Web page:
When newsmen asked him how he thought the church should go about helping to bring justice to the world, he cited Pakistan as an example: “I don’t believe we should tell that government it should do this or that. What concerns me is that I saw millions of people suffering and starving over there. That is the question the church should address itself to.”
Some delegates went further: Get things in order with the church first, and then go out and preach justice in the world.
Archbishop Teopisto Alberto of the Philippines set the tone for this when he gave the opening summary of the synod paper titled “Justice in the World,” first delivered in rough form last March. His first salvo concerned church property. Is it always administered “as the patrimony of the poor”? he asked. “Does it not rather at times result in an accumulation of wealth that causes identification of the church with the rich and the powerful, while reducing her credibility when she does speak out against injustice and promote justice?”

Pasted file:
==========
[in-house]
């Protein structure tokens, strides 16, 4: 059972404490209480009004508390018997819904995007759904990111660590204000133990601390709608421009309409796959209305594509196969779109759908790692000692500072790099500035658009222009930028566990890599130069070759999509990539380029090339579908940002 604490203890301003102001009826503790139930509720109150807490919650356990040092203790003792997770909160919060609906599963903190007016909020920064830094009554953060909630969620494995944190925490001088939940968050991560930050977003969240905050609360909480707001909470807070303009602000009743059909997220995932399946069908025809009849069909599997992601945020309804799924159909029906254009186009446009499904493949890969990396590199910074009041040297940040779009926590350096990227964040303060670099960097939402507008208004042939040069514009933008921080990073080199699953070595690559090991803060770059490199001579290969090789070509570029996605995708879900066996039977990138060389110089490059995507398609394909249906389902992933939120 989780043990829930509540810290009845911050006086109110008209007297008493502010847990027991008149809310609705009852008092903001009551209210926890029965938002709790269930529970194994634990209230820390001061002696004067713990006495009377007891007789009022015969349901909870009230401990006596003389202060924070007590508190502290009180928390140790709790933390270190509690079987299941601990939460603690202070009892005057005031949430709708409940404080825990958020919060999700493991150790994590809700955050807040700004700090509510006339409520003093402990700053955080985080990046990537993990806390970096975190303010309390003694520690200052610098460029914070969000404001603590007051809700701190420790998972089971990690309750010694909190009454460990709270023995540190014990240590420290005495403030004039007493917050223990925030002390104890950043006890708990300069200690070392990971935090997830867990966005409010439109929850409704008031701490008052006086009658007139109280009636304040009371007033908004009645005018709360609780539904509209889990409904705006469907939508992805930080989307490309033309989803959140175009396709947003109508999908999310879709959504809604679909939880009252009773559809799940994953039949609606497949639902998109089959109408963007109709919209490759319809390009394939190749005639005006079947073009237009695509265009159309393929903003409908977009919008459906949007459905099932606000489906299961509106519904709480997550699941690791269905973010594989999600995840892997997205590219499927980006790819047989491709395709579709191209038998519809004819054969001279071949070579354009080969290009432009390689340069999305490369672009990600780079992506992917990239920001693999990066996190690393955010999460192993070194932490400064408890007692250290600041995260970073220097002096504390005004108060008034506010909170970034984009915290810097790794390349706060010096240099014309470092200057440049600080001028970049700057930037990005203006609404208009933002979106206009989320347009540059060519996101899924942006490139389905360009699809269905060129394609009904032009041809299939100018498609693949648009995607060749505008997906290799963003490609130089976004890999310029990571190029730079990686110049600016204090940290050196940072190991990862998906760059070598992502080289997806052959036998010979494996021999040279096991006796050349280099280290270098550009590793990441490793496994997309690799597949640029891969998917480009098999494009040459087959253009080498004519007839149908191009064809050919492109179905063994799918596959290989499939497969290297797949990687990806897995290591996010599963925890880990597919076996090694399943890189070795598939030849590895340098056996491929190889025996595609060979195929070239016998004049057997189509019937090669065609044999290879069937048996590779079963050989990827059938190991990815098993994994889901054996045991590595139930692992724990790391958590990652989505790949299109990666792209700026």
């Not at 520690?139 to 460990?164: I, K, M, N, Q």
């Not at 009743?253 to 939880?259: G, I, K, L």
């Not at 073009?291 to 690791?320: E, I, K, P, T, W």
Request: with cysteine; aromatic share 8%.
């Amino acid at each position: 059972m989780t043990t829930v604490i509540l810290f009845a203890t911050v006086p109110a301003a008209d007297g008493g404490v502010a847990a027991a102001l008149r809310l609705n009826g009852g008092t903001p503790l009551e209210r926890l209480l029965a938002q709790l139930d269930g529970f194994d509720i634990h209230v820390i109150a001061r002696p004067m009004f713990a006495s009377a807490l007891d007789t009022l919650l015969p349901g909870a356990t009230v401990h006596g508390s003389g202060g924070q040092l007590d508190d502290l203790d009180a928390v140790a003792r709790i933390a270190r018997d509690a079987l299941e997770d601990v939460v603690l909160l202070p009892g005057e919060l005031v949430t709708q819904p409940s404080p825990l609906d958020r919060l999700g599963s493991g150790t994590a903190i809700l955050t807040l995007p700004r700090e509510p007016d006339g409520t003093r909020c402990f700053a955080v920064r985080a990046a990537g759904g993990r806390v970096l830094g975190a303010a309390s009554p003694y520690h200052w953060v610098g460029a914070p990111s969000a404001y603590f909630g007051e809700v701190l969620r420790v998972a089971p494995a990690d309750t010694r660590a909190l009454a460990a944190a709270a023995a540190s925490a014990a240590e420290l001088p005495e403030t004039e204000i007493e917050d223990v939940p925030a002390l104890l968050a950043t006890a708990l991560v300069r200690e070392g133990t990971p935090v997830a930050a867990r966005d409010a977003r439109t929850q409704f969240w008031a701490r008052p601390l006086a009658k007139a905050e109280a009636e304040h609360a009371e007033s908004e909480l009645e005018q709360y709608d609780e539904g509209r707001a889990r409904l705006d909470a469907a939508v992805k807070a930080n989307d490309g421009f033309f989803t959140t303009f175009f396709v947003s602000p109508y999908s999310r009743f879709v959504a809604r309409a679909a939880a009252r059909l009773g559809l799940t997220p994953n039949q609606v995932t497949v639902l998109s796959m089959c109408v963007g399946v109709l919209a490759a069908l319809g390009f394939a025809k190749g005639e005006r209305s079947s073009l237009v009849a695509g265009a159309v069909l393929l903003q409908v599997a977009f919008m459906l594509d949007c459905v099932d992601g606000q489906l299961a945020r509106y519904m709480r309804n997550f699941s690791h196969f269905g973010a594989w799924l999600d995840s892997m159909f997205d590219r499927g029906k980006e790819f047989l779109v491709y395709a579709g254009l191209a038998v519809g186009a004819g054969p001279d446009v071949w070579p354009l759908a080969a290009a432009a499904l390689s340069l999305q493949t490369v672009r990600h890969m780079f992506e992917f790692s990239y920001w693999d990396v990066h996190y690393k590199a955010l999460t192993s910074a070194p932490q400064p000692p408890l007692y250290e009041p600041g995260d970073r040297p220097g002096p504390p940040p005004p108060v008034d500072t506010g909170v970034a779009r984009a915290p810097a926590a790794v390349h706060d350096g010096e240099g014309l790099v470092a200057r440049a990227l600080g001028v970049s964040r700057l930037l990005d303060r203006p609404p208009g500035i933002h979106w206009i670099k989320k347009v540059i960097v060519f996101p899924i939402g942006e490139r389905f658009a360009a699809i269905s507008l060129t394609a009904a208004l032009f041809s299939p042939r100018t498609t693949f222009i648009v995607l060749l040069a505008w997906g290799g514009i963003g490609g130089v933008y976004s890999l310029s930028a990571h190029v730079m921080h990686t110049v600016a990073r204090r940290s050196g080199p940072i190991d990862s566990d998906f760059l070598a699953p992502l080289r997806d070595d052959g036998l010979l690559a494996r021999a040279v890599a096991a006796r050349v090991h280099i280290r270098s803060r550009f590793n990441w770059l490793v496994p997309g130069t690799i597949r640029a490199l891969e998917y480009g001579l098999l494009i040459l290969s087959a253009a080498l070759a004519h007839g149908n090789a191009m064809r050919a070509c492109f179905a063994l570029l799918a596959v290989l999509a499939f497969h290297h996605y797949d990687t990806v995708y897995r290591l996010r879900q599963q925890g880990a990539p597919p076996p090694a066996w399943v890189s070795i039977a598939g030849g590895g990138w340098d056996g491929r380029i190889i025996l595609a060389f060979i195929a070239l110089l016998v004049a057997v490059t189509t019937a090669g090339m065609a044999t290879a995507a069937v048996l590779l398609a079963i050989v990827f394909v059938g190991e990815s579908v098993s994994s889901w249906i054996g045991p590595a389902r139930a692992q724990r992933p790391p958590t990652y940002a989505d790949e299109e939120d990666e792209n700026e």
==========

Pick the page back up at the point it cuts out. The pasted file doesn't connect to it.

And what about the wages the church pays those who work fulltime for it? He said the church in many areas has been notoriously laggard in offering religious workers fair compensation, good working conditions, and a voice in things that concern them. To preach justice along these lines while perpetuating the same ills within the church gives preaching a hollow ring, he said.
What, then, about preaching freedom of speech in the world and then stifling those who speak out within the church? he asked. And what about the judicial processes, or lack of them, within the church? This, he said, is the place to begin the march against injustice.